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Christopher Dawson

Christopher Henry Dawson FBA (12 October 1889, Hay Castle – 25 May 1970, Budleigh Salterton) was a British independent scholar, who wrote many books on cultural history and Christendom. Dawson has been called "the greatest English-speaking Catholic historian of the twentieth century".[1] The 1988–1989 academic year at the College of Europe was named in his honour.

Christopher Dawson

Born12 October 1889
DiedMay 25, 1970(1970-05-25) (aged 80)
OccupationHistorian

LifeEdit

Dawson was born into family deep roots in the English gentry as the only son of Lt. Colonel H.P. Dawson and Mary Louisa, eldest daughter of Archdeacon Bevan, Hay Castle.[2] He was brought up at Hartlington Hall, Yorkshire. He was educated at Winchester College and Trinity College, Oxford. He obtained 2nd class honours in Modern History at Oxford in 1911.[3] After his degree he studied economics. He also read the work of the German theologian Ernst Troeltsch. His background was Anglo-Catholic but he became a Roman Catholic convert in 1914. In 1916 Dawson married Valery Mills, youngest daughter of the architect Walter Edward Mills. They had two daughters and one son.

WritingEdit

As soon as men decide that all means are permitted to fight an evil, then their good becomes indistinguishable from the evil that they set out to destroy.

— C.H. Dawson

He began publishing articles in The Sociological Review, in 1920. His starting point was close to that of Oswald Spengler and Arnold J. Toynbee, others who were also interested in grand narratives conducted at the level of a civilisation. His first book, The Age of the Gods (1928), was apparently intended as the first of a set of five to trace European civilisation to the twentieth century, but the schematic plan was not followed to a conclusion.

His general point of view is as a proponent of an 'Old West' theory, the later term of David Gress, who cites Dawson in his From Plato to Nato (1998). That is, Dawson rejected the blanket assumption that the Middle Ages in Europe failed to contribute any essential characteristics. He argued that the medieval Catholic Church was an essential factor in the rise of European civilisation, and wrote extensively in support of that thesis.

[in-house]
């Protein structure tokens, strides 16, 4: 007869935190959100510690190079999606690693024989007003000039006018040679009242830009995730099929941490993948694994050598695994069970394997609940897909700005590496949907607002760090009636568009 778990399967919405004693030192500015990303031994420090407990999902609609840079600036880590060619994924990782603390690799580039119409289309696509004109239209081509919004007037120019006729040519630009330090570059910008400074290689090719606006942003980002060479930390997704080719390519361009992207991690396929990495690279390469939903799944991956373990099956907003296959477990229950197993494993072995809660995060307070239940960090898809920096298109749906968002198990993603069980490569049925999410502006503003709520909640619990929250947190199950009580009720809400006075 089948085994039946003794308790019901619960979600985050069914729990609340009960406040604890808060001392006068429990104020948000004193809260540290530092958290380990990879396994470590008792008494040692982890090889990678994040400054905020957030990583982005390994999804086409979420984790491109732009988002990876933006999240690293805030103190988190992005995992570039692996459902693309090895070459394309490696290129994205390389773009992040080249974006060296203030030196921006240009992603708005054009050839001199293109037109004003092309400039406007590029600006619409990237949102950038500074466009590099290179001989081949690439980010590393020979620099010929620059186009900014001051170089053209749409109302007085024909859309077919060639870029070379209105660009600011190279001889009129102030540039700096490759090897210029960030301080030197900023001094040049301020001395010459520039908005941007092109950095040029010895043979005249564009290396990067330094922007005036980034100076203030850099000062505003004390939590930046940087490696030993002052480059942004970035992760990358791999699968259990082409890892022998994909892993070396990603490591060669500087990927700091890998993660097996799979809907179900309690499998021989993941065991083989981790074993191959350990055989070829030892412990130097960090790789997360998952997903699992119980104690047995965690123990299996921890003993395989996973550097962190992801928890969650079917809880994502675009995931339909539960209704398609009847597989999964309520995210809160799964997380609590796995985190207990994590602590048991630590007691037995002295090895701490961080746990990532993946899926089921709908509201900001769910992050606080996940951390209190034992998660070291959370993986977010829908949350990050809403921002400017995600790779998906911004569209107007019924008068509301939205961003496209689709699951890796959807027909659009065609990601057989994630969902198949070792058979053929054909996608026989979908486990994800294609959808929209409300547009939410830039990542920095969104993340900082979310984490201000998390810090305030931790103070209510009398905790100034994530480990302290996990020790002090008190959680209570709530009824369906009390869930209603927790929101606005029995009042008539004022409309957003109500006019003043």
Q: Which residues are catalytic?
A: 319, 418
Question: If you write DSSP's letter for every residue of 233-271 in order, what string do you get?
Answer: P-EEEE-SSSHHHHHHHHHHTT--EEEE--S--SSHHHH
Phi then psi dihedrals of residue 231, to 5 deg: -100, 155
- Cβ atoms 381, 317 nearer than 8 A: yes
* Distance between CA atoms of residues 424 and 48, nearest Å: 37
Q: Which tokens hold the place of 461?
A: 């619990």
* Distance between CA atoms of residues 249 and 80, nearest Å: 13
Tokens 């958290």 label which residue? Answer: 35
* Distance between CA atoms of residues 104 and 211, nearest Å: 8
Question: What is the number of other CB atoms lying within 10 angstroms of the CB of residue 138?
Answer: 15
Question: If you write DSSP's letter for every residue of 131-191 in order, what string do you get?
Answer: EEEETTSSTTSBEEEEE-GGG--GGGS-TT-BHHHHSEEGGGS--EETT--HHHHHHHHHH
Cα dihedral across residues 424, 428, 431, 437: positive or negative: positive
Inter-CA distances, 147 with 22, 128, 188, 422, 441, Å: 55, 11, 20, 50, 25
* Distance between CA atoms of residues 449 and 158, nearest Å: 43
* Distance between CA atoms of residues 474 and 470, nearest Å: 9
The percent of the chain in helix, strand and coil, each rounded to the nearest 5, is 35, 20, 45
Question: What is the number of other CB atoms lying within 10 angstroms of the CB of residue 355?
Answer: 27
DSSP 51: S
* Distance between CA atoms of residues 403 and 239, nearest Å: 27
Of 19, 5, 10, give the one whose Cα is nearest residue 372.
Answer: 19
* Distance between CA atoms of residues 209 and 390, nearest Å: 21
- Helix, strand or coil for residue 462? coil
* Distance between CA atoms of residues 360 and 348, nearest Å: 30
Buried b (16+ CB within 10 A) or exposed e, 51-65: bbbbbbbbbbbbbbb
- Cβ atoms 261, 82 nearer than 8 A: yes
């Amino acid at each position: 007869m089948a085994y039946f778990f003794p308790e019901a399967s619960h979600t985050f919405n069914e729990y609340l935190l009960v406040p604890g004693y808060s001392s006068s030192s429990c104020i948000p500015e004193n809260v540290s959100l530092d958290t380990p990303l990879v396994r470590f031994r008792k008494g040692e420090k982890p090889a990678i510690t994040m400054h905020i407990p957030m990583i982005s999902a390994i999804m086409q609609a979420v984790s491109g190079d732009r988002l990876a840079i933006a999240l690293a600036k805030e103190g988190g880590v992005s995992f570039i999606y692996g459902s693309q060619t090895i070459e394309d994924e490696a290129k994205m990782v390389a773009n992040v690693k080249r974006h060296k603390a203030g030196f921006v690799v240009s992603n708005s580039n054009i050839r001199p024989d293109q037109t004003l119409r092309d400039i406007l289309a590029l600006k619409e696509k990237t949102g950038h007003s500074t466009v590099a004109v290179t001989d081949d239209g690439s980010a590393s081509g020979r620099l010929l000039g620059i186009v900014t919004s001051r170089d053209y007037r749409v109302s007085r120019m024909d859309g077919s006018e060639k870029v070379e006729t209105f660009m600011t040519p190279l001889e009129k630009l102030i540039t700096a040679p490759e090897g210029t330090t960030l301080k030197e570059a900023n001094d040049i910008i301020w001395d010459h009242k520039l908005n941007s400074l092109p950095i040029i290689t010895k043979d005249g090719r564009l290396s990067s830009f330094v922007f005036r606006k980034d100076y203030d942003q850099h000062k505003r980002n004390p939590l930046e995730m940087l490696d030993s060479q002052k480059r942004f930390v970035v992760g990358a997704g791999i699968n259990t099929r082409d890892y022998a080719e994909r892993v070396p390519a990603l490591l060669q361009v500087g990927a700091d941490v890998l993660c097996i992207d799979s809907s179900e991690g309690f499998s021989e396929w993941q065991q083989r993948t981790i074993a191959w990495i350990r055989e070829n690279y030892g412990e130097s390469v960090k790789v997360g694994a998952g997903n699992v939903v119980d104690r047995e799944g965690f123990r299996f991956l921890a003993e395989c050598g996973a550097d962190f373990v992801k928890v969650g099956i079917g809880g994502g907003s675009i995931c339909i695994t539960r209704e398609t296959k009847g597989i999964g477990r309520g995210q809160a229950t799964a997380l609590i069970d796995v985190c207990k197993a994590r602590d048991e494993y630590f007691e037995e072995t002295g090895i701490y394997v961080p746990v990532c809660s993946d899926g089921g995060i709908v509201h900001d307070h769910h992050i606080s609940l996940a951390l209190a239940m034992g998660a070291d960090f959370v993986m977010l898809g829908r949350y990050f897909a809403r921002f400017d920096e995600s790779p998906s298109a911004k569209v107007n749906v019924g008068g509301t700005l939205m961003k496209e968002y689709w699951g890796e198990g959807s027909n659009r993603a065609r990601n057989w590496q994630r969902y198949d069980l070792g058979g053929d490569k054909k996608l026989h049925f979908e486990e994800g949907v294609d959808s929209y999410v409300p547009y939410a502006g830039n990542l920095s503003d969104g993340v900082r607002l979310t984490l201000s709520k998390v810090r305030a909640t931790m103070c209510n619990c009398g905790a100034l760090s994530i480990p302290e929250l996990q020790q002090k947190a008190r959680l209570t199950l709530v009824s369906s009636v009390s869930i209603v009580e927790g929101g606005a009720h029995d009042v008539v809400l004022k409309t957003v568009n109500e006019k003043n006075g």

CareerEdit

Dawson was considered a leading Catholic historian. He was a Lecturer in the History of Culture, University College, Exeter (1930–6), Forwood Lecturer in the Philosophy of Religion, University of Liverpool (1934), Gifford Lecturer at the University of Edinburgh (1947 and 1948), and Chauncey Stillman Professor of Roman Catholic Studies at Harvard University (1958–62). He was elected as a Fellow of the British Academy in 1943.[4]

From 1940 for a period he was editor of the Dublin Review.

InfluenceEdit

His writings in the 1920s and 1930s made him a significant figure of the time, and an influence in particular on T. S. Eliot, who wrote of his importance. He was on the fringe of 'The Moot', a discussion group involving Eliot, John Baillie, Karl Mannheim, Walter Moberly, Michael Polanyi, Marjorie Reeves, Bernard Lonergan and Alec Vidler;[5] and also the Sword of the Spirit ecumenical group. According to Bradley Birzer, Dawson also influenced the theological underpinnings of J. R. R. Tolkien's writings.[6] Russell Kirk was another who greatly admired Dawson, although the two men never met.

His works continue to inform the curricula of Catholic institutions. The topical approach outlined by Dawson for the study of Christian culture forms the core of the Catholic Studies program at Aquinas College. His work was influential in the founding of Campion College in NSW, Australia, and in the formation in 2012 of The Christopher Dawson Society for Philosophy and Culture Inc. in Perth, Western Australia. Dawson's vision also outlines the Humanities and Catholic Culture program at the Franciscan University of Steubenville.